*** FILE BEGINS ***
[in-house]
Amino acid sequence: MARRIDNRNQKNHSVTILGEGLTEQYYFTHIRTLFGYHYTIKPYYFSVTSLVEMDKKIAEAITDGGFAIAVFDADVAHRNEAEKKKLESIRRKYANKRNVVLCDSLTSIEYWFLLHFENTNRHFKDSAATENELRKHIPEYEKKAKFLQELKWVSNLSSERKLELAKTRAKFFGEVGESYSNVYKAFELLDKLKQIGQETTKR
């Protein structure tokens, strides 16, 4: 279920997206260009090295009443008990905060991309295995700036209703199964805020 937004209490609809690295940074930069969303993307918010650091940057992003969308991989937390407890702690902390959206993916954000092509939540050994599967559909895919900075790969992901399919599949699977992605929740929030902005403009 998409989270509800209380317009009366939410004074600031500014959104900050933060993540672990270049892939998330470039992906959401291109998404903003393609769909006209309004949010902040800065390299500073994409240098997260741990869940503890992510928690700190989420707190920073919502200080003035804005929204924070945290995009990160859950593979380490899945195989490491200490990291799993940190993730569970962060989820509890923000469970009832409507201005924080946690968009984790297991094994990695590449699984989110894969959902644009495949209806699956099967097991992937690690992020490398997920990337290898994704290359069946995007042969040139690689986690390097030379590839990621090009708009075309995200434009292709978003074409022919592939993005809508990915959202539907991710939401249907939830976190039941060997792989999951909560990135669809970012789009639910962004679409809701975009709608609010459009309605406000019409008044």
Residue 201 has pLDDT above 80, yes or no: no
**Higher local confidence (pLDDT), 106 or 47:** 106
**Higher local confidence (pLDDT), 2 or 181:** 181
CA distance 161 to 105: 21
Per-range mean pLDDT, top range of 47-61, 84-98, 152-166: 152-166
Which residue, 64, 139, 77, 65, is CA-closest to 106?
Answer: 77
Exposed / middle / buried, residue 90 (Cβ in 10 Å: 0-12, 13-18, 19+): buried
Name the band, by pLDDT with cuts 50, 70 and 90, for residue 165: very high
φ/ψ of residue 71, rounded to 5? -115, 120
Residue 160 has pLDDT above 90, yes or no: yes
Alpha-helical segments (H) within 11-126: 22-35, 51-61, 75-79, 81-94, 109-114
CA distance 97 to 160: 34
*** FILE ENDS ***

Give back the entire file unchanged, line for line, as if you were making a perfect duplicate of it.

[in-house]
Amino acid sequence: MARRIDNRNQKNHSVTILGEGLTEQYYFTHIRTLFGYHYTIKPYYFSVTSLVEMDKKIAEAITDGGFAIAVFDADVAHRNEAEKKKLESIRRKYANKRNVVLCDSLTSIEYWFLLHFENTNRHFKDSAATENELRKHIPEYEKKAKFLQELKWVSNLSSERKLELAKTRAKFFGEVGESYSNVYKAFELLDKLKQIGQETTKR
């Protein structure tokens, strides 16, 4: 279920997206260009090295009443008990905060991309295995700036209703199964805020 937004209490609809690295940074930069969303993307918010650091940057992003969308991989937390407890702690902390959206993916954000092509939540050994599967559909895919900075790969992901399919599949699977992605929740929030902005403009 998409989270509800209380317009009366939410004074600031500014959104900050933060993540672990270049892939998330470039992906959401291109998404903003393609769909006209309004949010902040800065390299500073994409240098997260741990869940503890992510928690700190989420707190920073919502200080003035804005929204924070945290995009990160859950593979380490899945195989490491200490990291799993940190993730569970962060989820509890923000469970009832409507201005924080946690968009984790297991094994990695590449699984989110894969959902644009495949209806699956099967097991992937690690992020490398997920990337290898994704290359069946995007042969040139690689986690390097030379590839990621090009708009075309995200434009292709978003074409022919592939993005809508990915959202539907991710939401249907939830976190039941060997792989999951909560990135669809970012789009639910962004679409809701975009709608609010459009309605406000019409008044």
Residue 201 has pLDDT above 80, yes or no: no
**Higher local confidence (pLDDT), 106 or 47:** 106
**Higher local confidence (pLDDT), 2 or 181:** 181
CA distance 161 to 105: 21
Per-range mean pLDDT, top range of 47-61, 84-98, 152-166: 152-166
Which residue, 64, 139, 77, 65, is CA-closest to 106?
Answer: 77
Exposed / middle / buried, residue 90 (Cβ in 10 Å: 0-12, 13-18, 19+): buried
Name the band, by pLDDT with cuts 50, 70 and 90, for residue 165: very high
φ/ψ of residue 71, rounded to 5? -115, 120
Residue 160 has pLDDT above 90, yes or no: yes
Alpha-helical segments (H) within 11-126: 22-35, 51-61, 75-79, 81-94, 109-114
CA distance 97 to 160: 34